UK and Ireland added to US travel ban, and Disney College Program Cast Members to return home

Mar 14, 2020 in "The Walt Disney Company"

Posted: Saturday March 14, 2020 3:30pm ET by WDWMAGIC Staff

The United States is to extend its travel ban to include the United Kingdom and Ireland from next week as a result of the escalating coronavirus situation.

The UK and Ireland ban begins at 4am GMT on Tuesday, which comes in addition to the ban on the rest of Europe that began on Friday March 13.

At Walt Disney World,  Disney is sending its vast workforce of College Program Cast Members home by March 18. The Disney College Program, Disney Culinary Program, Disney Cultural Exchange Program and Disney Academic Exchange Program will be temporarily suspended from March 16. Those participants will be given a successful program completion notice.

This latest news appears to support the likelihood that this closure may go beyond the initial Walt Disney World closure through the end of the March. The College Program is a significant workforce throughout the parks, mainly in entertainment, food & beverage, transport and attractions.

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DisneyFan3215 minutes ago

I don't want federal transportation extending mask mandate into 2025 to get rid masks for public transportation, if the cases are low enough as enough people are vaccinated as kids 5-11 too by end of Winter 2022 / early Spring 2022, then masks will be gone for public transportation for USA like trains, buses, planes, cruises, Spring 2022

Disney Experience52 minutes ago

When I went on Remy’s Ratatouillie Adventure early this month I did for a moment ( when they had smells ) lower my mask off my nose to breathe in the snells of food they add to some acenes. I am sure the experience will be better when masks are optional someday. The mask definitely filters out most of the smells. They should sell masks with mouse whiskers ( 3D not 2D )

jlhwdw56 minutes ago

Yeah but the conversation isn't evolving. It's the same people saying the same things

dovetail6559 minutes ago

T That's okay it's an involved issue with things changing all the time.

jlhwdw1 hour ago

This time I left for two weeks. I come back and the exact same conversation is still going on

aliceismad1 hour ago

Anxiety-related syncope sucks. Fainting can be really scary, and that causes fear that just leads to more fainting. But there are ways to mitigate it. I would encourage your relatives to have their shots in a private office vs. a mass vaccination site if possible. I got my Moderna shots at a mass site because they weren't available at my doc's office yet. It was unnerving to not feel comfortable with who was poking me, having a room full of people around, being in a room full of people in the middle of the pandemic, etc. (The guy behind me came waltzing in with his mask under his nose, so that was great.) By comparison, doctors are always willing to let me lie down because I have a history of fainting. Also making good food choices before and after can be helpful, and having something cool for the forehead or back of the neck is a good precaution.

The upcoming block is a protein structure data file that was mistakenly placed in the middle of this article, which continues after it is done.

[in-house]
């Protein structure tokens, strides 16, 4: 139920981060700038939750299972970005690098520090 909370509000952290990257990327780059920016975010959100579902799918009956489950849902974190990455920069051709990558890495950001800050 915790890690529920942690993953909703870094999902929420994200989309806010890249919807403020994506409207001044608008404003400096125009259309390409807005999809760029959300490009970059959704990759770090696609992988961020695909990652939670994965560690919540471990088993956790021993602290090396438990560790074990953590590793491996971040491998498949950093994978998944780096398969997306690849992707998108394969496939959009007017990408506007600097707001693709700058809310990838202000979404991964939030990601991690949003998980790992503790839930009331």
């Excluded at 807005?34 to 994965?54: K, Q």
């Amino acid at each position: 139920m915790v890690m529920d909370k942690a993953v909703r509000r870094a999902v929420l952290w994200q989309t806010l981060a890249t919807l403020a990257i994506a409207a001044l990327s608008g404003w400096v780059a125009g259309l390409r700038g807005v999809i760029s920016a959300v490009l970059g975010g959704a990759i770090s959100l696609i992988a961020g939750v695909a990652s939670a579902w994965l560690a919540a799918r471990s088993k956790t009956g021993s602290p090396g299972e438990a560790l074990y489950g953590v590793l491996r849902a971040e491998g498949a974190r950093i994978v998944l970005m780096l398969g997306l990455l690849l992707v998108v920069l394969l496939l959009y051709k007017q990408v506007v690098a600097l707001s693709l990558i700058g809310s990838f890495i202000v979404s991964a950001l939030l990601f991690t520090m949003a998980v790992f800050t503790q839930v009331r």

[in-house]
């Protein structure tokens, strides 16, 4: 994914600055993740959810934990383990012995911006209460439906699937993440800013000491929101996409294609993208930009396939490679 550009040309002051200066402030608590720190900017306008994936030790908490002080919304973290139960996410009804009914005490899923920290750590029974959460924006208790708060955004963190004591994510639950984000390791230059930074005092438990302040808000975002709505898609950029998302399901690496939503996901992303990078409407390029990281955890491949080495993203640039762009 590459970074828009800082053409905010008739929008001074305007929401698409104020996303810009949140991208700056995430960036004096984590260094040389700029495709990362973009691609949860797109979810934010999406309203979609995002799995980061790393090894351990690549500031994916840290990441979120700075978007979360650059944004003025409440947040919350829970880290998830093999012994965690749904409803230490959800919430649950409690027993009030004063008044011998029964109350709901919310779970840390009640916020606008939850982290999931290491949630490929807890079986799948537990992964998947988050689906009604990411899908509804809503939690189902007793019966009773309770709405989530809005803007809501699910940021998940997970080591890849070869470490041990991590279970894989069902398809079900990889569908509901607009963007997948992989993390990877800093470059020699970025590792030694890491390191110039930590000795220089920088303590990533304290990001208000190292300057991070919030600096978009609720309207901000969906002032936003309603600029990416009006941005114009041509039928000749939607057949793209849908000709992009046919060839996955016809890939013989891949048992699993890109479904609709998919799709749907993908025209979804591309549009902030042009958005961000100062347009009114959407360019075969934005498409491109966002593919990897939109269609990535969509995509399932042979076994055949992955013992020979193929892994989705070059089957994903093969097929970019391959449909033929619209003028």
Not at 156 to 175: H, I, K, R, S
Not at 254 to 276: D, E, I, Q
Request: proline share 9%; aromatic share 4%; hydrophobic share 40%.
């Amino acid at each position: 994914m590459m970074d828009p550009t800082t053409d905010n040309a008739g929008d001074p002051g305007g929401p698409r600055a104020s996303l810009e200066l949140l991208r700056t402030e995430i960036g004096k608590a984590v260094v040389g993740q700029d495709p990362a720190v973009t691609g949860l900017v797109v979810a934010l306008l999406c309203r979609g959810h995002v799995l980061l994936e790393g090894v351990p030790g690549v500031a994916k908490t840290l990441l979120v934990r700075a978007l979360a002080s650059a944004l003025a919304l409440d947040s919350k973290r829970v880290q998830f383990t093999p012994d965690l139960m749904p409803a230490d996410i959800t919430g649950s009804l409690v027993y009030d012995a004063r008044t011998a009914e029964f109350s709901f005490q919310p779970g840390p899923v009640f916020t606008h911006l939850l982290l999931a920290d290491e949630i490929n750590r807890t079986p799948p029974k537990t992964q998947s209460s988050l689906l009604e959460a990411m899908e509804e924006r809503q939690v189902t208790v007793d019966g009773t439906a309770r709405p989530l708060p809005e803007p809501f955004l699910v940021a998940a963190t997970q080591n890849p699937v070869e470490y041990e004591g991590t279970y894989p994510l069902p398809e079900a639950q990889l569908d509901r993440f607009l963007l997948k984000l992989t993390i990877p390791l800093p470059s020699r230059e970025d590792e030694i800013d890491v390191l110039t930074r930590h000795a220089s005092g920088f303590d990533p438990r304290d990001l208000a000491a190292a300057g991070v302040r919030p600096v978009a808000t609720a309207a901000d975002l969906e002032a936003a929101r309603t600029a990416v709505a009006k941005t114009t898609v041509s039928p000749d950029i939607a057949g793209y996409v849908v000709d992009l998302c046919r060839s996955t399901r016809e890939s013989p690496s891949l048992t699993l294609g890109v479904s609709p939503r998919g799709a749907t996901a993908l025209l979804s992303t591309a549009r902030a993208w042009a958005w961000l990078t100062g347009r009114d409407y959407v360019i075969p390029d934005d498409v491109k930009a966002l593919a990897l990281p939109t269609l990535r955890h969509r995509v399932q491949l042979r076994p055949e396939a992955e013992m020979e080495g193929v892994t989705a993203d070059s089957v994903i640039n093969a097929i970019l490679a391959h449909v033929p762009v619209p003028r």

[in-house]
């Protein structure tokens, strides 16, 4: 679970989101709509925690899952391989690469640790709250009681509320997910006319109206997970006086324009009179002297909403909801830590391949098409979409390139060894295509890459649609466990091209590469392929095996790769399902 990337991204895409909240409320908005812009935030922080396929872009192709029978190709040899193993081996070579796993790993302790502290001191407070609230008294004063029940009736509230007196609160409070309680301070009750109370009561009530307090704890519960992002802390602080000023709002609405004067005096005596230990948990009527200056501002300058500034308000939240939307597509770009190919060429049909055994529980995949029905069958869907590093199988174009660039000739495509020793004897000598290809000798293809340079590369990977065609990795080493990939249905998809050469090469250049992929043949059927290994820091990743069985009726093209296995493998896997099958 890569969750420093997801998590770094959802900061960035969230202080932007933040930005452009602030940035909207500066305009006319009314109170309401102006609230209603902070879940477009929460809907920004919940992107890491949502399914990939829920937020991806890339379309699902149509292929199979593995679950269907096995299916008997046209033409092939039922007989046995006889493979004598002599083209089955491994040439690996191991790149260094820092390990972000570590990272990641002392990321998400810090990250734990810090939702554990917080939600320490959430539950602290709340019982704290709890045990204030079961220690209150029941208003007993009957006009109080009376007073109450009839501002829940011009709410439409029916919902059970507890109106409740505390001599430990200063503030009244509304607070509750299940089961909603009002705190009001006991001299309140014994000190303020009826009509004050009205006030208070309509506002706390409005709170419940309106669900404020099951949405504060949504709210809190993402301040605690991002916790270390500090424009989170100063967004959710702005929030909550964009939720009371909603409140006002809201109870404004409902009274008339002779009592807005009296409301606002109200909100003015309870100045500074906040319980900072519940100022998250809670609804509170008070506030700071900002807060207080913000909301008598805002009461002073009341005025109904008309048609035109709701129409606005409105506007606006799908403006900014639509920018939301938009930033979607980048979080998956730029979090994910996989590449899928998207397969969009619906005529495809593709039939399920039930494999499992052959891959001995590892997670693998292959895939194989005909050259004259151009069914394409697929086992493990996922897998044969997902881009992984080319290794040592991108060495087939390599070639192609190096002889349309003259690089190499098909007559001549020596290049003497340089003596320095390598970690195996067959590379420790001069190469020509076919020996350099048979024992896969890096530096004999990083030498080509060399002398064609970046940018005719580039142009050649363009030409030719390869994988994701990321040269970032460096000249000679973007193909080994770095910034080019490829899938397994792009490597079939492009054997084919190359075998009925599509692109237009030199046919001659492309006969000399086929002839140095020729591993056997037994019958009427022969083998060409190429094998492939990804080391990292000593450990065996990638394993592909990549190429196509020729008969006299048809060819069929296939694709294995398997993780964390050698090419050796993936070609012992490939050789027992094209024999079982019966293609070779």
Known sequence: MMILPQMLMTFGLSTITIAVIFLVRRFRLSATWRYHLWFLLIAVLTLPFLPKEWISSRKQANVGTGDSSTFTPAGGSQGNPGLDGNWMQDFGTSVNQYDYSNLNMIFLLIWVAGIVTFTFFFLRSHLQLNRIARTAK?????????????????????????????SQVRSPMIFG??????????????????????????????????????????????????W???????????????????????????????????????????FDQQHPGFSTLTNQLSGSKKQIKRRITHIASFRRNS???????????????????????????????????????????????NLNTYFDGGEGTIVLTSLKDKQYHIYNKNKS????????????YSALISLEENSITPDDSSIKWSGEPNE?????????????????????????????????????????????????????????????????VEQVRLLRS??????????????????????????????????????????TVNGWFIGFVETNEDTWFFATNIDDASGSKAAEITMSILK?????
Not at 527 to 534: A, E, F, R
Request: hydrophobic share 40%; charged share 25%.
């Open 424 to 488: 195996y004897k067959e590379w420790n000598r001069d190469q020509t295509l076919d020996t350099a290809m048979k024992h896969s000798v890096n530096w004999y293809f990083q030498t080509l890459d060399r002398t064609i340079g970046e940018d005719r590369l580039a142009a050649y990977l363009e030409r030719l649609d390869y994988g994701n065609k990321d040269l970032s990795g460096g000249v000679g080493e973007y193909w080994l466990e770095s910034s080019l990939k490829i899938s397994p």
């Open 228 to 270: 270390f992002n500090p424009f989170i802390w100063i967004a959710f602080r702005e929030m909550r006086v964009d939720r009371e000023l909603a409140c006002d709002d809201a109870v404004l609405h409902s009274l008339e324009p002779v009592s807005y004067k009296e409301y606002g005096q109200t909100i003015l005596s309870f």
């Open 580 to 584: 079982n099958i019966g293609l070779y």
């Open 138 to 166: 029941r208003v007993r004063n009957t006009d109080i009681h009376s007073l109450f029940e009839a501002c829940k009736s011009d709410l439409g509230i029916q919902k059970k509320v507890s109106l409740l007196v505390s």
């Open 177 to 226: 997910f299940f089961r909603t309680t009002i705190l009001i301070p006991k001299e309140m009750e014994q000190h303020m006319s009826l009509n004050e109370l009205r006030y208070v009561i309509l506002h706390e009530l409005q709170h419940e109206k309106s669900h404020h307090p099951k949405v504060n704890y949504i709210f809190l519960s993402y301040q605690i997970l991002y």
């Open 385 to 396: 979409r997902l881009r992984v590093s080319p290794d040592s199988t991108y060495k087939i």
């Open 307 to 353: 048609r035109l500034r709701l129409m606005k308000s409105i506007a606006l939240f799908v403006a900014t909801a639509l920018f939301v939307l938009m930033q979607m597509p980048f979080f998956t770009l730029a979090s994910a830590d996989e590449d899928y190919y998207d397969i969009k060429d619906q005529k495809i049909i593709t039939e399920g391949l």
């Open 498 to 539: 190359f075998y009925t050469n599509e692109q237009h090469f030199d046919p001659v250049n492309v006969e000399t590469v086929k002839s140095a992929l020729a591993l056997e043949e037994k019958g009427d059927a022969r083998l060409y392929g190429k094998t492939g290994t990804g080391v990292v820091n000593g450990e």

Heppenheimer1 hour ago

Except for one really sparsely populated county, all the other counties in Vermont are in the mid 70s or above for their eligible vaccination rates. The highest rates of infection occurred in a few small towns, but these places are so tiny that it only takes a few cases to trip their percentages higher. In sheer numbers, the Burlington area, which counts as the only real urban environment in the state (would be a mid-sized town everywhere else) has by far and away the most cases. Overall, the caseloads don't follow any particular geographic pattern. The pattern that does exist is seen on an individual level- they're mostly among the unvaccinated.

MisterPenguin1 hour ago

Yes, at one time, they required waiting two weeks after a flu or other vaccine to get a COVID vaccine. However, that is no longer the case. You can get multiple vaccinations along with COVID all at once. Just ask anyone who served in the military.

DCBaker2 hours ago

SteveAZee2 hours ago

In Oregon, the recent Delta spike has hit the low density counties in Oregon the hardest... which are also the areas of low vaccination rates. Pretty simple, I think. The huge wave at the beginning of this year really impacted the high density areas of Oregon badly. Vaccines became available and many (by percentage) in the high population areas got vaccinated. The Delta wave is having a low impact (per 100K people) on the densely populated areas due to enough people (not all, by far, but enough to keep from having a dramatic spike) being vaccinated. The rural countries of low vax rates aren't so fortunate. If nothing else, it shows that getting more vaccinations (say 70%) makes a big difference compared to 50%. (guessing the numbers here since I don't have them in front of me). Oregon doesn't behave in a monolithic manner; in this case seems to follow rural/urban divide. Perhaps Vermont is similar.

DisneyDebRob2 hours ago

Shingrix is also 2 shots if anyone is wondering. First shot, then go back for second 2-6 months later. After seeing what my mom went through for about a year with shingles, there was no way I wasn’t getting the shots. No problem at all with insurance either. Walked in, got the flu shot in one arm, shingrix in the other. Got second shot 4 months later which delayed my COVID shot by a few weeks. Couldn’t do both in that time frame of 2-4 weeks I think.

DisneyDebRob2 hours ago


Communicora2 hours ago

I'm really sorry for your losses.

StarWarsGirl2 hours ago

I had an aunt recently pass away and shingles was a contributing factor, and it was also a factor in my grandfather's death (he had MS and shingles was the begining of the end). It's definitely something to consider.